Toddlers and tents … Is camping with a toddler a genius idea? Or a ghastly one?
ince my son was born, I’ve been firmly on the “We can do this!” side of the fence when it comes to travel. We’ve do done long-haul flights and short-haul flights; r road trips and train journeys; homey house s sits and five-star hotels. But I confess, every time I’ve considered a camping trip with my toddler, a little voice kept saying in my head: ““Is this really a good idea?” Admittedly, camping involves a raft of log logistics. There’s stuff to sleep on, stuff to sit on a and stuff to eat off. You need methods to keep food cool while the humans stay warm: no wond wonder my mind boggled every time I thought aboutbo it. But I kept coming back to the idea because there’s so much that’s great about camping: it’s natural, it’s entertaining, it’s social and, frankly, it’s cheap. What’s not to love? So: I buck up. We embrace it, it rains, and we have an absolute ball. I - by no means - nail it first go, but I DO learn what to do next time. And yes, there’ll be a next time: sooner rather than later: I’ve decided that camping with a toddler is superb fun, once you get the basics right.
Sue’s 7 tips for a successful camping trip with a toddler Tip 1: Take other kids (the more the merrier!)
Mid way through day one of our first camping trip, I quickly realise the secret sauce for camping with a toddler: kids entertain other kids. Take a bunch with you and the pressure on the adults to be ‘cruise director for one’ is vastly diminished. If you’re camping in a holiday park versus a more rustic national park campground, the volumes of children multiply and, in my experience, the trip gets even easier.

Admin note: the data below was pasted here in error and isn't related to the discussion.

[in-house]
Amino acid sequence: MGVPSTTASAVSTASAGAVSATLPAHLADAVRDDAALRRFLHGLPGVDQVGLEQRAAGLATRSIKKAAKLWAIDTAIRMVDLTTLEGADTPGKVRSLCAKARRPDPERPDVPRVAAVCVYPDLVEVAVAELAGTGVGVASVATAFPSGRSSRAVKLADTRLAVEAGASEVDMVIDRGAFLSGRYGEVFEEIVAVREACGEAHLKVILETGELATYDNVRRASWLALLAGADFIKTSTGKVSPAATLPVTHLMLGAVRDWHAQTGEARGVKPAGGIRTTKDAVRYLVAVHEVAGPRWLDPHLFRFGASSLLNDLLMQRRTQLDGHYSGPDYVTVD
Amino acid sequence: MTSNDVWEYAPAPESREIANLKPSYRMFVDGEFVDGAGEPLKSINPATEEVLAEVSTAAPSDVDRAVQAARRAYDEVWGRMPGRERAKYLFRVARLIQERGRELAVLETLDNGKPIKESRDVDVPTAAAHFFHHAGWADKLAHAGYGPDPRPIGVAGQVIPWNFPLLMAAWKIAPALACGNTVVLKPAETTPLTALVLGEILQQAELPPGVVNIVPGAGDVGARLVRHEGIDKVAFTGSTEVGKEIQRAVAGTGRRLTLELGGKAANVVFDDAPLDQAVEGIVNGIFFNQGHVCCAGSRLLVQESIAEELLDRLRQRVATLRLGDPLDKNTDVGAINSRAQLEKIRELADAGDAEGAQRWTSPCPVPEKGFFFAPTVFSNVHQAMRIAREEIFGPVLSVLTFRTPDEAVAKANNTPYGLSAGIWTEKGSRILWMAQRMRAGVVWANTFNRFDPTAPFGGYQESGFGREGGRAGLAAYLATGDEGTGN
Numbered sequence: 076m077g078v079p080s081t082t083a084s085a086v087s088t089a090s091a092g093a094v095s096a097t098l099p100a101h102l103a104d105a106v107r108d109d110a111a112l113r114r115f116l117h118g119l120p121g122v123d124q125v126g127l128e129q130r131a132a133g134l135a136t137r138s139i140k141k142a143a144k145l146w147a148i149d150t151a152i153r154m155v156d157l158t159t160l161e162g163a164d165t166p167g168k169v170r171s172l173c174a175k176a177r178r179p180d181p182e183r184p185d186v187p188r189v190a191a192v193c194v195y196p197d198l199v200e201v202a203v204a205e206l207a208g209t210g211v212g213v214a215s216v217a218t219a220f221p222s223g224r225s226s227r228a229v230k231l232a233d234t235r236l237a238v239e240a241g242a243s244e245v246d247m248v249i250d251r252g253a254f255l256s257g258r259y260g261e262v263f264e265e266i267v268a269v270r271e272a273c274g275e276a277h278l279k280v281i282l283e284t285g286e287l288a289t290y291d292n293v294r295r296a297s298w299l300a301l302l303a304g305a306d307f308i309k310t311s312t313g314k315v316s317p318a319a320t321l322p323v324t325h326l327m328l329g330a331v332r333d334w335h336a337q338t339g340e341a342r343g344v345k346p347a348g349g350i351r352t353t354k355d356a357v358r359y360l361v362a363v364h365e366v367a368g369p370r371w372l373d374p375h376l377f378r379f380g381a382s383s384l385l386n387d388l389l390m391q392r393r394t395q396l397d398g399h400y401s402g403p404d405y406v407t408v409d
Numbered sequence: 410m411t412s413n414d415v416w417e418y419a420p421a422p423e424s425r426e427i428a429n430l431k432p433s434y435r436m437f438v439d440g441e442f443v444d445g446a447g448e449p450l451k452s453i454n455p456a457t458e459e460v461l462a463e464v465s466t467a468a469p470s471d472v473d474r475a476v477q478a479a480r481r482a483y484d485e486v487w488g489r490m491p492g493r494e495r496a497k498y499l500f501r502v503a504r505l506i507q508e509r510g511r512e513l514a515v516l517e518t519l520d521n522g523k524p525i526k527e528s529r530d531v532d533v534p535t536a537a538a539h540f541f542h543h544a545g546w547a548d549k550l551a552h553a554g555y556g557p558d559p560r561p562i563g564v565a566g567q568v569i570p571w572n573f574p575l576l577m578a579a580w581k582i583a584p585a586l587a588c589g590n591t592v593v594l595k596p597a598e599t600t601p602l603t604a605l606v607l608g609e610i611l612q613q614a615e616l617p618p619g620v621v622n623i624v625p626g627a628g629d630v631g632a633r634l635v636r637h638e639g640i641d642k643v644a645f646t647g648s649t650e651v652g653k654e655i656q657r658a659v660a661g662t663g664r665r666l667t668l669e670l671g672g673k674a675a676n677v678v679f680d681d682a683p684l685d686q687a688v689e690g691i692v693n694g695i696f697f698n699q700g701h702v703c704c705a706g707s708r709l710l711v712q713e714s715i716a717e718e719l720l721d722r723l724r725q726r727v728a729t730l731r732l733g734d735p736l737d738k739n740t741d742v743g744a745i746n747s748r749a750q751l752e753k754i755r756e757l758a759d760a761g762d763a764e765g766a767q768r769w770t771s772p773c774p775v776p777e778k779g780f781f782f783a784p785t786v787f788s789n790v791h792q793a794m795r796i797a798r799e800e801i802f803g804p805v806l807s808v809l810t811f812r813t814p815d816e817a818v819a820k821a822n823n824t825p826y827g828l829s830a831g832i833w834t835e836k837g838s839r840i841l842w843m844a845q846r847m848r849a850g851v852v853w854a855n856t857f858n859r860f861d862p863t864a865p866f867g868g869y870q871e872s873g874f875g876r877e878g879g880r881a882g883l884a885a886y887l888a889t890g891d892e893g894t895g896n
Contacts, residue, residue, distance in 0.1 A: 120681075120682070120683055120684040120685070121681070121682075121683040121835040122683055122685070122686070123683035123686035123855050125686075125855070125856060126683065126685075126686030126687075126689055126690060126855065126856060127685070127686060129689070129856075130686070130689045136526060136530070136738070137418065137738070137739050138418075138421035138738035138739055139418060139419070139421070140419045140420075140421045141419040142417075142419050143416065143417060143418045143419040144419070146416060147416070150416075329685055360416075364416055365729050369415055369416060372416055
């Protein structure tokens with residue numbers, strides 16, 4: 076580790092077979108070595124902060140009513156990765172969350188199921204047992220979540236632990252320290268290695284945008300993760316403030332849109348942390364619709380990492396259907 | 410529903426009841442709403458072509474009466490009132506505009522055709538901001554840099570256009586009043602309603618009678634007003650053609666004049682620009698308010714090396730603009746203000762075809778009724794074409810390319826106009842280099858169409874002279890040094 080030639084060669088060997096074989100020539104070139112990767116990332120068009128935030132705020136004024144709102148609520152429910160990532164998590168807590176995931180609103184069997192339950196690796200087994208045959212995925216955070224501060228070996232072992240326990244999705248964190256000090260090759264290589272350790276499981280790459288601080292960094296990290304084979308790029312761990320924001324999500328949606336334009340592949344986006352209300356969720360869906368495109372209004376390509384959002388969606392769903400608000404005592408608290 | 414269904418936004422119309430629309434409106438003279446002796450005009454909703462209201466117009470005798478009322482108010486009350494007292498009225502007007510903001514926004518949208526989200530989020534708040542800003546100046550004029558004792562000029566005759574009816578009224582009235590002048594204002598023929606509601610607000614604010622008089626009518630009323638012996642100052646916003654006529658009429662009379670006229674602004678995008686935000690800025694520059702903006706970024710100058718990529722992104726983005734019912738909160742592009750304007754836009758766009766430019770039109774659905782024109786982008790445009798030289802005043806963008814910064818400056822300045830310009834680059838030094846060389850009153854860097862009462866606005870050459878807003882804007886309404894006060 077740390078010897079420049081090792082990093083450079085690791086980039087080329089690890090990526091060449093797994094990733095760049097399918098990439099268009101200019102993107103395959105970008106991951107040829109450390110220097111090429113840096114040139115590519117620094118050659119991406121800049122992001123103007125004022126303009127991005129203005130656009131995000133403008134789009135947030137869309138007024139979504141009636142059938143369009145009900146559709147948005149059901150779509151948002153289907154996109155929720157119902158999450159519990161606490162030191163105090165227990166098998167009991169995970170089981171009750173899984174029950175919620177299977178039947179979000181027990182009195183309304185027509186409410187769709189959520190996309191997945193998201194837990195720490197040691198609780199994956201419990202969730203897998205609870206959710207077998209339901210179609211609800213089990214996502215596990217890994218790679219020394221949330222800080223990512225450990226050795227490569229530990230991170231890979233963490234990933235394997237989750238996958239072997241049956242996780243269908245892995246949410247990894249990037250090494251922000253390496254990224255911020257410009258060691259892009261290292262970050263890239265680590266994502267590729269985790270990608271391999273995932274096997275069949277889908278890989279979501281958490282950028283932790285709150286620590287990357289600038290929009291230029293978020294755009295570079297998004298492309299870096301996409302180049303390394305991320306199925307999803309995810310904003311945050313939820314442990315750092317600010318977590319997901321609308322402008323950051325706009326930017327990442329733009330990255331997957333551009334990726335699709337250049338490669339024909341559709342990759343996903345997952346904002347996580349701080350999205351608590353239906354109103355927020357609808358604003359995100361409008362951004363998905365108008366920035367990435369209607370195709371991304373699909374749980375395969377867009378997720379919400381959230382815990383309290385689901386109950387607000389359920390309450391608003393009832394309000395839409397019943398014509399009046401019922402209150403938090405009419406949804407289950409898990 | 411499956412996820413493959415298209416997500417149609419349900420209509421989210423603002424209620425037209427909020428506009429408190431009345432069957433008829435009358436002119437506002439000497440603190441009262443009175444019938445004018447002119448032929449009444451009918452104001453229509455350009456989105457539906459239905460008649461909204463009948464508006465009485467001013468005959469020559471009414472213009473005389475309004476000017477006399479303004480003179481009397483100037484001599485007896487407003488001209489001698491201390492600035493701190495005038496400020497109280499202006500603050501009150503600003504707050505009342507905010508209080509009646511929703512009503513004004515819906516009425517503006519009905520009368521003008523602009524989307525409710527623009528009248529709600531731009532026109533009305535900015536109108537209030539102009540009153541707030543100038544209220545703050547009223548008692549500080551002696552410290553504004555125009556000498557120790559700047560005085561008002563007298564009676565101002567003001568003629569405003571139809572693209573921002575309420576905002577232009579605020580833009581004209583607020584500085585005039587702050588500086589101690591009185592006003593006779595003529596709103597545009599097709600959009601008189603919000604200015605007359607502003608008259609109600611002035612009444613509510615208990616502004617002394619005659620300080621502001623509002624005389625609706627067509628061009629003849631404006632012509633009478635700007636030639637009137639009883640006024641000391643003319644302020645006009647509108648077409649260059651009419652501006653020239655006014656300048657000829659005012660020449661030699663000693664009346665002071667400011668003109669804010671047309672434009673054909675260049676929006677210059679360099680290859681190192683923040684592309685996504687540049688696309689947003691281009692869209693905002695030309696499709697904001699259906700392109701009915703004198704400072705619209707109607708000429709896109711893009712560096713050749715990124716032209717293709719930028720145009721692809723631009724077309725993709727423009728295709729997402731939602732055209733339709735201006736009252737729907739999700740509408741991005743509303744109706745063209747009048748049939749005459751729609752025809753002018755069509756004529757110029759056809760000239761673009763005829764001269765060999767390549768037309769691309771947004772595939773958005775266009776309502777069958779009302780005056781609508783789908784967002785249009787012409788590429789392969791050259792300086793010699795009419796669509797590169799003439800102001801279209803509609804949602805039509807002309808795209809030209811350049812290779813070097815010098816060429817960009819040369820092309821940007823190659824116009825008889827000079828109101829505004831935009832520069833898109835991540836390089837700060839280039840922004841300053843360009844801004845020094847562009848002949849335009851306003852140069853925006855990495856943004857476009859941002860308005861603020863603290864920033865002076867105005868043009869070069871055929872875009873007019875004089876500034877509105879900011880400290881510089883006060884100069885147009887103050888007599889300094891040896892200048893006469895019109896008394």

Tip 2: Don’t forget the kids’ parents!
Not only is camping with other families more pleasant for the adults (there’s plenty of downtime, even with an inquisitive toddler around), but for new campers, friends hedge against the very real likelihood that, as a new camper, odds are you will forget stuff. I forget the folding chairs (despite having two in my shed) and, of course, it rains, so sitting on damp ground is far from appealing. Happily, my experienced camping buddies have spares. I forget tongs, and oil – both essentials for a good bbq (I’m so focused on plates and cups I bring an oversupply of each instead). Again, friends to the rescue.
Sussing out their setup over the weekend, I remember the trick from my own childhood: big plastic tubs with lids, purpose-packed with camping utensils, salt, pepper, the works. I make a note to create one before my next trip – not only will it save packing time but it will mean less chance of forgetting the tomato sauce, salt, silver foil or chopping board (yes, I forgot all of the above!).
Tip 3. A travel cot inside a tent isn’t a silly idea.
While I’ve heard of one friend sleeping their toddler in a one-person tent just next to his, I wanted my son at arm’s reach. But what to sleep him in? At home, he’s still in a cot, so I take my Phil and Ted’s cot and set that up inside our tent. It’s a good choice for the job, as it has a zip up top to guard against mosquitos, as well as a prized side zip (this gets opened in the middle of the night so my son can snuggle up if need be, but avoids him rolling around the tent when it’s adult-free).